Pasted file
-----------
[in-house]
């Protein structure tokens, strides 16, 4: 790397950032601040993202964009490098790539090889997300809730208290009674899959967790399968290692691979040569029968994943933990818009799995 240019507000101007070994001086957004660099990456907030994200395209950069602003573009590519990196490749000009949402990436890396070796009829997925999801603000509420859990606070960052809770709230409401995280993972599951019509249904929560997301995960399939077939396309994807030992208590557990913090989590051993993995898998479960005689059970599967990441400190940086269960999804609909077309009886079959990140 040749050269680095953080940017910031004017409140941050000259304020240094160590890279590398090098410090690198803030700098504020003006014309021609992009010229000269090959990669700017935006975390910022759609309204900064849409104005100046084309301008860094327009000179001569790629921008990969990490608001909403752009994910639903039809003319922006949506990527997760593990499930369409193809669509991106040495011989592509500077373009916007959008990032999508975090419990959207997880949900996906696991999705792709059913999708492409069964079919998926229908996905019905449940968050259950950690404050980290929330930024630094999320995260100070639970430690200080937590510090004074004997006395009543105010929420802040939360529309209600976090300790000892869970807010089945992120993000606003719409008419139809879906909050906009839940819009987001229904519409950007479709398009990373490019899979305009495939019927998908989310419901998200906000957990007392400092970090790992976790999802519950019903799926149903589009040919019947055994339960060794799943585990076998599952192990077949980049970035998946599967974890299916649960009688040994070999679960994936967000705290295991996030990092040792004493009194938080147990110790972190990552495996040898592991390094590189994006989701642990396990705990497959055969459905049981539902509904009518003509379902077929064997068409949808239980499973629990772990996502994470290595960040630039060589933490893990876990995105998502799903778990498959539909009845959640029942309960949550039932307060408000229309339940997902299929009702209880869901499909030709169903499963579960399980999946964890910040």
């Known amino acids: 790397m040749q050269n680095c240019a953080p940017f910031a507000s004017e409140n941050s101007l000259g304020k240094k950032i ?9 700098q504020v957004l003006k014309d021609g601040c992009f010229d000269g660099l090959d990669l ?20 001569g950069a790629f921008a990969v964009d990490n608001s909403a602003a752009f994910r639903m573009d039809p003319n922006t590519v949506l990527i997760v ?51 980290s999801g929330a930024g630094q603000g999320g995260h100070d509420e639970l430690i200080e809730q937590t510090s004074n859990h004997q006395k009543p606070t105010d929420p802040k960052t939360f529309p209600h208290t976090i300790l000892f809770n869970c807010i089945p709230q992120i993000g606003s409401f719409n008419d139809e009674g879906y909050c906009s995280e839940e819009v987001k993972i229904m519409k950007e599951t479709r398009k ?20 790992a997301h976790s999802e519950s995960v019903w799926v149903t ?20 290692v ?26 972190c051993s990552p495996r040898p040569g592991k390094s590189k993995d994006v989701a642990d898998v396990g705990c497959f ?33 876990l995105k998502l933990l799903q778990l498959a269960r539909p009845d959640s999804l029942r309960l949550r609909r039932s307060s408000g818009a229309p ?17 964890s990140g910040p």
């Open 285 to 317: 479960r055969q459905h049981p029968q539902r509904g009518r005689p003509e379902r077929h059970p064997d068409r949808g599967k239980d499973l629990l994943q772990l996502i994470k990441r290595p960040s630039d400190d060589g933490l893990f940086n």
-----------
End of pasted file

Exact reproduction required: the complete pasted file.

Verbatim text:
[in-house]
């Protein structure tokens, strides 16, 4: 790397950032601040993202964009490098790539090889997300809730208290009674899959967790399968290692691979040569029968994943933990818009799995 240019507000101007070994001086957004660099990456907030994200395209950069602003573009590519990196490749000009949402990436890396070796009829997925999801603000509420859990606070960052809770709230409401995280993972599951019509249904929560997301995960399939077939396309994807030992208590557990913090989590051993993995898998479960005689059970599967990441400190940086269960999804609909077309009886079959990140 040749050269680095953080940017910031004017409140941050000259304020240094160590890279590398090098410090690198803030700098504020003006014309021609992009010229000269090959990669700017935006975390910022759609309204900064849409104005100046084309301008860094327009000179001569790629921008990969990490608001909403752009994910639903039809003319922006949506990527997760593990499930369409193809669509991106040495011989592509500077373009916007959008990032999508975090419990959207997880949900996906696991999705792709059913999708492409069964079919998926229908996905019905449940968050259950950690404050980290929330930024630094999320995260100070639970430690200080937590510090004074004997006395009543105010929420802040939360529309209600976090300790000892869970807010089945992120993000606003719409008419139809879906909050906009839940819009987001229904519409950007479709398009990373490019899979305009495939019927998908989310419901998200906000957990007392400092970090790992976790999802519950019903799926149903589009040919019947055994339960060794799943585990076998599952192990077949980049970035998946599967974890299916649960009688040994070999679960994936967000705290295991996030990092040792004493009194938080147990110790972190990552495996040898592991390094590189994006989701642990396990705990497959055969459905049981539902509904009518003509379902077929064997068409949808239980499973629990772990996502994470290595960040630039060589933490893990876990995105998502799903778990498959539909009845959640029942309960949550039932307060408000229309339940997902299929009702209880869901499909030709169903499963579960399980999946964890910040």
């Known amino acids: 790397m040749q050269n680095c240019a953080p940017f910031a507000s004017e409140n941050s101007l000259g304020k240094k950032i ?9 700098q504020v957004l003006k014309d021609g601040c992009f010229d000269g660099l090959d990669l ?20 001569g950069a790629f921008a990969v964009d990490n608001s909403a602003a752009f994910r639903m573009d039809p003319n922006t590519v949506l990527i997760v ?51 980290s999801g929330a930024g630094q603000g999320g995260h100070d509420e639970l430690i200080e809730q937590t510090s004074n859990h004997q006395k009543p606070t105010d929420p802040k960052t939360f529309p209600h208290t976090i300790l000892f809770n869970c807010i089945p709230q992120i993000g606003s409401f719409n008419d139809e009674g879906y909050c906009s995280e839940e819009v987001k993972i229904m519409k950007e599951t479709r398009k ?20 790992a997301h976790s999802e519950s995960v019903w799926v149903t ?20 290692v ?26 972190c051993s990552p495996r040898p040569g592991k390094s590189k993995d994006v989701a642990d898998v396990g705990c497959f ?33 876990l995105k998502l933990l799903q778990l498959a269960r539909p009845d959640s999804l029942r309960l949550r609909r039932s307060s408000g818009a229309p ?17 964890s990140g910040p």
């Open 285 to 317: 479960r055969q459905h049981p029968q539902r509904g009518r005689p003509e379902r077929h059970p064997d068409r949808g599967k239980d499973l629990l994943q772990l996502i994470k990441r290595p960040s630039d400190d060589g933490l893990f940086n």